Tina Lewis Rowe

Insights, Information & Inspiration

John Mollison Interviews Old Guys and Draws Their Planes

Don Bryan and John Mollison

Lt. Col. Don Bryan, an Ace with the famous 352nd Fighter Group and John Mollison, Writer and Draw-er

The North American A-36 Apache, flown by Bill Creech.

The North American A-36 Apache. This was flown by Col. William T. "Bill" Creech, who flew 302 combat missions in WWII, Korea and Viet Nam. He wrote a book about all of that and more: The 3rd Greatest Fighter Pilot. It's available through authorhouse.com.

F4U-42 Corsair.

Eugene "Red" James flew the F4U-42 Corsair on display at the National Naval Aviation Museum in Pensacola, Florida. "Red" flew 136 combat missions in WWII and Korea. See the art on the nose of the plane? That signifiies being in the elite group, "The Checkerboarders."













Making Every Day A Memorial Day

A  few months back I met (by email) John Mollison, who had read an article I posted about the Burma Road. John is a a military historian and a tremendously gifted artist who uses that gift in an equally tremendous way. He draws, in meticulous detail, the planes of WW II pilots and gives them as thank you gifts for allowing him to interview them. 

John’s website is one of those that can take you days to fully explore–and you’ll go back for more.  John is modest and insists there are artists who draw in much more detail than he does–and he may be correct. But you can feel the caring in his work and I like that.  Check out the website here. 

I also found a neat article in a Pensacola newspaper about one of the subjects John interviewed, Eugene “Red” James. You can read it here.  

 On Memorial Day we honor our departed loved ones and we give special honor to all those who served in the United States Armed Forces. John Mollison honors our living WWII and Korean Conflict heroes and learns from them as well. On his website he says:

A question most-often asked is, “What’s the big thing you get out of all these interviews?”

For one, it’s a deep appreciation and looking-forward to growing old.   When I was born, the men I’ve interviewed were older than I am now. To put another way, they have an entire lifetime of wisdom and learning over me…and it shows.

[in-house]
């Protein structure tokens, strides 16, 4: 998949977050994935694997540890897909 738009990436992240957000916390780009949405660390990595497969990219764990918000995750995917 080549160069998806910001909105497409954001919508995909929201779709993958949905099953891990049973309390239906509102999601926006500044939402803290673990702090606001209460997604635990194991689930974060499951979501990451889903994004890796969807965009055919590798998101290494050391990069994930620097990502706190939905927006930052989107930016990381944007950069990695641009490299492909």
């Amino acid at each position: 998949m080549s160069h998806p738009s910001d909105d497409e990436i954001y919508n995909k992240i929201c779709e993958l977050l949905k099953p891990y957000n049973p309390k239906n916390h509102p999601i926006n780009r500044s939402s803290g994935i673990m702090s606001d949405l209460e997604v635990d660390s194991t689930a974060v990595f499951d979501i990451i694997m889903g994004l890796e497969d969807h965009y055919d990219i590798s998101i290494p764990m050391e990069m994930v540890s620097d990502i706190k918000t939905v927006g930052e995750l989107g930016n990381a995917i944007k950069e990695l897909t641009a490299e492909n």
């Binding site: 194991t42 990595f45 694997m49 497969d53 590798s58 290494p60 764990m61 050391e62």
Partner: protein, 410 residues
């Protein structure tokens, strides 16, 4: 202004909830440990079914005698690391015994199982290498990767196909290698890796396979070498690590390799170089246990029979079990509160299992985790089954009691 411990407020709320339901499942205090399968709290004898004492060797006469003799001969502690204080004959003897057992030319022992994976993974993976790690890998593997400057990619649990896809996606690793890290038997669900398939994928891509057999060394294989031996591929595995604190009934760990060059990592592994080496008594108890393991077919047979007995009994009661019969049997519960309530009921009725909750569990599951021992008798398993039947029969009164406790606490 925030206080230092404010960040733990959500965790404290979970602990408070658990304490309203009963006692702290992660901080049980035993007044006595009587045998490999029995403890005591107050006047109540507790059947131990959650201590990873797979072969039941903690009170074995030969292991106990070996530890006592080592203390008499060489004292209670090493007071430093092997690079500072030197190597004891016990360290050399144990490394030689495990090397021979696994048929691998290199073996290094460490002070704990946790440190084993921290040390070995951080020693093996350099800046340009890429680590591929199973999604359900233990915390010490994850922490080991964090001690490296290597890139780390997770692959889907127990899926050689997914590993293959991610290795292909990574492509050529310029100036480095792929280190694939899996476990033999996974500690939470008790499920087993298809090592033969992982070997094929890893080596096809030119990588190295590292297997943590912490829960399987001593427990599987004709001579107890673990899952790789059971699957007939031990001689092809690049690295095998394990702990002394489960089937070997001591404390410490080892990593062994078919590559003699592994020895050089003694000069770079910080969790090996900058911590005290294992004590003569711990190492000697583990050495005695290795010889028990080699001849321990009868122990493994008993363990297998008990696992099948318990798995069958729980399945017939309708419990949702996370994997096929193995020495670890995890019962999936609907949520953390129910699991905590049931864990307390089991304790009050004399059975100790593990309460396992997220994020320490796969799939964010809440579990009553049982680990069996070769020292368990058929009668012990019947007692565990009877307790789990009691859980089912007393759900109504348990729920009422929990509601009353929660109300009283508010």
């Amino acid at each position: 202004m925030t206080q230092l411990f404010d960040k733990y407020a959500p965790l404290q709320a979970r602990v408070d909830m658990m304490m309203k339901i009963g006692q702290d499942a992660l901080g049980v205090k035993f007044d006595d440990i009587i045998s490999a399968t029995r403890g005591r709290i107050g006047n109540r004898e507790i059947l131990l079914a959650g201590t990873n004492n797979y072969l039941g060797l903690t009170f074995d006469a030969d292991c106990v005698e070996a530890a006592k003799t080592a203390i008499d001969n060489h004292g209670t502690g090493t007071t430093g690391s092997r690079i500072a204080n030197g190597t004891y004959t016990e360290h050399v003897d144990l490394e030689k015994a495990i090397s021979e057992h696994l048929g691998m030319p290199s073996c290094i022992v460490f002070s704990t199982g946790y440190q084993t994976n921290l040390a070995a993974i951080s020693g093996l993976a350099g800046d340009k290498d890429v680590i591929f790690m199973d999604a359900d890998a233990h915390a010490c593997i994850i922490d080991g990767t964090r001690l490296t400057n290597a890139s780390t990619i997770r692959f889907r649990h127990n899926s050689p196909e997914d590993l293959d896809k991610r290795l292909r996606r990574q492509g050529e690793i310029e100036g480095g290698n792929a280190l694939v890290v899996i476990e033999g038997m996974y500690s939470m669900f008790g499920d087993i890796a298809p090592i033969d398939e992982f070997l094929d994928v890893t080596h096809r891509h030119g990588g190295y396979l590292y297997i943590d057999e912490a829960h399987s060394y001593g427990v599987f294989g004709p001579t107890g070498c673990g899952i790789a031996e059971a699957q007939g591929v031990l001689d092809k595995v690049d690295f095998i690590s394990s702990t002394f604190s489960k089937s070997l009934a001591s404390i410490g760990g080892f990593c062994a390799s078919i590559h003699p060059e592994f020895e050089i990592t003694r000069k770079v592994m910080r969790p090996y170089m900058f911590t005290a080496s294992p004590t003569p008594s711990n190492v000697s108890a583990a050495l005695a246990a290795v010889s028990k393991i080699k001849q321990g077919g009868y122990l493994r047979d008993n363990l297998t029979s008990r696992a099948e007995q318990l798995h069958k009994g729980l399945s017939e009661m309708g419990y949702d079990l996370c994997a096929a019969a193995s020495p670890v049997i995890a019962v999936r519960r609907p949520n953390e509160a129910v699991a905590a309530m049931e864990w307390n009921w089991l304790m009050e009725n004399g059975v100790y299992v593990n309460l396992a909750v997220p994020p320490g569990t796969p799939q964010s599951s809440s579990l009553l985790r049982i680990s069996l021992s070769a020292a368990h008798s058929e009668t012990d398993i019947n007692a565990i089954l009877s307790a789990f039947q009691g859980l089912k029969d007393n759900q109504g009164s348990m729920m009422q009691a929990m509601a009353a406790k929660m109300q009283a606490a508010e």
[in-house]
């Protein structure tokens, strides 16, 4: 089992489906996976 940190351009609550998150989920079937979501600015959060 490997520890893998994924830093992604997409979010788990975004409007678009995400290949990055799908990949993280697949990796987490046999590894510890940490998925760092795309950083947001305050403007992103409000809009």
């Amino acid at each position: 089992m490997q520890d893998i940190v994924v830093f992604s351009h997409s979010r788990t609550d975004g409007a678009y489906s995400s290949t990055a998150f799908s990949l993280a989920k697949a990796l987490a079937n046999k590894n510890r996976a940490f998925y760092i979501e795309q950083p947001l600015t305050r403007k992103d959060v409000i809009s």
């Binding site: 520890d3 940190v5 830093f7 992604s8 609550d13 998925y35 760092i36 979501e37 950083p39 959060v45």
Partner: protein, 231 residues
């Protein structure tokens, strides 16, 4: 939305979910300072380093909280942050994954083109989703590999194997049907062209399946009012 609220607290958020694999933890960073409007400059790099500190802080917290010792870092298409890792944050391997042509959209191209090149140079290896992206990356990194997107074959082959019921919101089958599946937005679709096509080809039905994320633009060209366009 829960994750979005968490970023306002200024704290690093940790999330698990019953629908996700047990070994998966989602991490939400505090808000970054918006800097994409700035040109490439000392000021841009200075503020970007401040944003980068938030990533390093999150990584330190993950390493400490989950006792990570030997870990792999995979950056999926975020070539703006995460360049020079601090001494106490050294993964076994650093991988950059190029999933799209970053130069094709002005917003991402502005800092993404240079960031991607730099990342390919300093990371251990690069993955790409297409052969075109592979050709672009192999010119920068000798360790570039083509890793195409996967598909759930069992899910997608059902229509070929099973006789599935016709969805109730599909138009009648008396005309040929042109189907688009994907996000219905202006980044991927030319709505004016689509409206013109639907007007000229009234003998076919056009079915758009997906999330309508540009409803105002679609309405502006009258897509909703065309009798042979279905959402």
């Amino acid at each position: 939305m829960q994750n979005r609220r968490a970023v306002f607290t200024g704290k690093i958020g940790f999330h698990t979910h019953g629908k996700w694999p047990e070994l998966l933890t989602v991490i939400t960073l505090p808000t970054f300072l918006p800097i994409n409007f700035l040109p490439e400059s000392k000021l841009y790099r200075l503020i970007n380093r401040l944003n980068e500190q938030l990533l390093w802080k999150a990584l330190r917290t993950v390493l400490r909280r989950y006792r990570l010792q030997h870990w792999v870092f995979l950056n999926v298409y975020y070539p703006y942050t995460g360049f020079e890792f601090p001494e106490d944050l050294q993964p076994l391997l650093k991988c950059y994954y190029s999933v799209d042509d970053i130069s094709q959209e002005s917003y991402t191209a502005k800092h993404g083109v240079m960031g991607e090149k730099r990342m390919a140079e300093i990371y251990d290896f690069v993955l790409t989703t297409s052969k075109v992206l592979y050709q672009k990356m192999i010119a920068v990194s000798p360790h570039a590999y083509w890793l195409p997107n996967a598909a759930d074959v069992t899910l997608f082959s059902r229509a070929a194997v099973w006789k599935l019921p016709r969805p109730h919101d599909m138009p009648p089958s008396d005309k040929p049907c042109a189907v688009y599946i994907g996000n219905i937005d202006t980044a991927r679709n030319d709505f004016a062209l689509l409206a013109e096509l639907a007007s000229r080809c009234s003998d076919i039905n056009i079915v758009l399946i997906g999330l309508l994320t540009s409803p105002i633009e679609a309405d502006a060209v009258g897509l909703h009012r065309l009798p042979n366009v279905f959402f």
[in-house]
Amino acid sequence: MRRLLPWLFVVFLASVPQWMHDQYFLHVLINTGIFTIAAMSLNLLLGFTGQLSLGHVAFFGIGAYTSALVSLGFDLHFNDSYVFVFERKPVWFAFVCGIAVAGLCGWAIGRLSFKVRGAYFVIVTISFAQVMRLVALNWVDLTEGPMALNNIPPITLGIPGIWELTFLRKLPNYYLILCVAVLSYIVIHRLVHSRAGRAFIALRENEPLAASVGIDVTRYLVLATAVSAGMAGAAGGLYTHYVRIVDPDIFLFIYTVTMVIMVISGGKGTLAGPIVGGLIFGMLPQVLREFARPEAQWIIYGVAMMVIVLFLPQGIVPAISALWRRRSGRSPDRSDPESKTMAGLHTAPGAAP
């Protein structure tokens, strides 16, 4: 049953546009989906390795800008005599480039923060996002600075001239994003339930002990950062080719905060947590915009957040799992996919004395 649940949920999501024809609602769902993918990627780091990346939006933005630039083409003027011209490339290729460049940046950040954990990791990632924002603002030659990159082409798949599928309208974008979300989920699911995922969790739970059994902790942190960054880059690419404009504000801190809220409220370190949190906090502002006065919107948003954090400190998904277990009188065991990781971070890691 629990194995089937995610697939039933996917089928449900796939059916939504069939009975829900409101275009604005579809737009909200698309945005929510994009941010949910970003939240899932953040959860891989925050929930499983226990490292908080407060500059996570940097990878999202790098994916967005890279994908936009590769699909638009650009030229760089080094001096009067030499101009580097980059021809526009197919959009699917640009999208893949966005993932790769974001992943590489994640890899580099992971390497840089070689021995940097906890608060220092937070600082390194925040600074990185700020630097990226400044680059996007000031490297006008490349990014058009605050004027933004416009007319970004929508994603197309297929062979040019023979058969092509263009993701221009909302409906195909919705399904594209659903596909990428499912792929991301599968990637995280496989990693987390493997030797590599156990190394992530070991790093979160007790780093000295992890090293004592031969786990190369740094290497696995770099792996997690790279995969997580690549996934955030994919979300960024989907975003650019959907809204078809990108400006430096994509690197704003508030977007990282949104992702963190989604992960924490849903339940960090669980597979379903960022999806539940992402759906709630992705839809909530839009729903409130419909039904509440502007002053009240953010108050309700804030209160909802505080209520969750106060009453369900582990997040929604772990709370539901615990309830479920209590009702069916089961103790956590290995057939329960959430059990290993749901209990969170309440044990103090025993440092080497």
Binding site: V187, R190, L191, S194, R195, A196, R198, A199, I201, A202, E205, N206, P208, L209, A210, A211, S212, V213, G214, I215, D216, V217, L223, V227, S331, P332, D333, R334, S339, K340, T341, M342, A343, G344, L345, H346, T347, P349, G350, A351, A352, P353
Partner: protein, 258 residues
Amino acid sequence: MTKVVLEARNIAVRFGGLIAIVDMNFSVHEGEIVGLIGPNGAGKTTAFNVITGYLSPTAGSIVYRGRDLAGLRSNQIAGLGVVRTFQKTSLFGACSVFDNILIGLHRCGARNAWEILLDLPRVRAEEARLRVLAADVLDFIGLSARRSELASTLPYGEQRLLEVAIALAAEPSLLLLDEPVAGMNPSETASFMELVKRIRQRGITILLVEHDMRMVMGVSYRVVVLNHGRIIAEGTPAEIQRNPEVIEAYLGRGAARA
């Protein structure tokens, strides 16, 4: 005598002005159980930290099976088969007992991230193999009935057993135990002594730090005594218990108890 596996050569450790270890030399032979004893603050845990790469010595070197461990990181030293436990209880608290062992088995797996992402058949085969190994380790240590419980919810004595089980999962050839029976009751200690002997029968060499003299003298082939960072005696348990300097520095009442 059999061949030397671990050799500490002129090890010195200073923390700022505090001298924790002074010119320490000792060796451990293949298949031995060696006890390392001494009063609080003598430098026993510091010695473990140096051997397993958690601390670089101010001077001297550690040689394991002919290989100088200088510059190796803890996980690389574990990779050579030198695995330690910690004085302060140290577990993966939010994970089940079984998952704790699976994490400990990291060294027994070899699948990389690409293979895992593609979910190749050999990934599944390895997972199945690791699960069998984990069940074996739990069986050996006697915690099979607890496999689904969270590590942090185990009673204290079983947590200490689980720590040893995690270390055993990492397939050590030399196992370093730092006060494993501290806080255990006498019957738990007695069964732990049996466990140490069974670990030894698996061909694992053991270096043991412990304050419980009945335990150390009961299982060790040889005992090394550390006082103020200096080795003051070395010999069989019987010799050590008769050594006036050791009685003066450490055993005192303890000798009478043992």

Yet, these men are lively, vibrant, students of learning, humble and, in a few cases, could probably kick my butt if push came to shove.

 I look forward to aging like they have- strong, sharp and alive.

 And hopefully, the study of History will become more valued.  Living in the past is silly, but you have to admit that it points in fairly reliable directions.

I enjoy all of John Mollison’s website, but especially enjoy the photos of him and some of the pilots he has interviewed. You can check that page here. They look like people I would love to meet myself, so I envy John. I not only envy him his talent, I envy the creativity and thoughtfulness he has shown by using his talent to enrich the lives of others. He makes every day a Memorial Day. That is a good idea for all of us.

May 26th, 2010 Posted by | Life and Work, Training, Technology, Blogs, A/V etc. | 14 comments


  1. Very nice. I enjoyed this and enjoyed reading more about the men and the planes on some of the other sites you linked. Have a great weekend, however you spend it.

    Comment by Wiseacre | May 27, 2010

  2. I’ve seen some other military art, but I agree this artist seems to be more involved with the pilots than some of the others are. This was a great generation of men. I wonder if there will be things like this said about people serving now, in another 50 years? I sure hope so. G.